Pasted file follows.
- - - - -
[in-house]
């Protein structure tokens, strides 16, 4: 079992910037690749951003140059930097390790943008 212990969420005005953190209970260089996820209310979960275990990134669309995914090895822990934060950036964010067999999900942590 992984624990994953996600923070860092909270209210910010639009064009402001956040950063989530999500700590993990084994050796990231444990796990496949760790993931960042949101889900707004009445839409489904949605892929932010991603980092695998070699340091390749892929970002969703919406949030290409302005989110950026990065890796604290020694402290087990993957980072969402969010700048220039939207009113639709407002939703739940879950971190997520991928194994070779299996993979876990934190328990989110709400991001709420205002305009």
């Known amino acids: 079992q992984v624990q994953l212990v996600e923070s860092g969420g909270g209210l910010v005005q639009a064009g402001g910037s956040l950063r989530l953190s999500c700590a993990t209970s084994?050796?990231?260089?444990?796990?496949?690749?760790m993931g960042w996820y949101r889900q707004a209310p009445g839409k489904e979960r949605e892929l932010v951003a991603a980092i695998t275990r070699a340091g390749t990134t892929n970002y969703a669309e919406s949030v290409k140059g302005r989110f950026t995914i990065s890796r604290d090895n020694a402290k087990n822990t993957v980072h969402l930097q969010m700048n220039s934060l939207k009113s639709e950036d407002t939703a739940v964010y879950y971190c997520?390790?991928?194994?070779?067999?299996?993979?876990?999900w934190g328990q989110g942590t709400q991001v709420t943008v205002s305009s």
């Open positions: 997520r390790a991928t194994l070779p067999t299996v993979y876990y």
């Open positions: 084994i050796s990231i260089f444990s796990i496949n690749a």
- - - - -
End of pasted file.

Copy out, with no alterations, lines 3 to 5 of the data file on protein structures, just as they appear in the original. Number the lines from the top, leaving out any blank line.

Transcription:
């Known amino acids: 079992q992984v624990q994953l212990v996600e923070s860092g969420g909270g209210l910010v005005q639009a064009g402001g910037s956040l950063r989530l953190s999500c700590a993990t209970s084994?050796?990231?260089?444990?796990?496949?690749?760790m993931g960042w996820y949101r889900q707004a209310p009445g839409k489904e979960r949605e892929l932010v951003a991603a980092i695998t275990r070699a340091g390749t990134t892929n970002y969703a669309e919406s949030v290409k140059g302005r989110f950026t995914i990065s890796r604290d090895n020694a402290k087990n822990t993957v980072h969402l930097q969010m700048n220039s934060l939207k009113s639709e950036d407002t939703a739940v964010y879950y971190c997520?390790?991928?194994?070779?067999?299996?993979?876990?999900w934190g328990q989110g942590t709400q991001v709420t943008v205002s305009s």
């Open positions: 997520r390790a991928t194994l070779p067999t299996v993979y876990y």
């Open positions: 084994i050796s990231i260089f444990s796990i496949n690749a």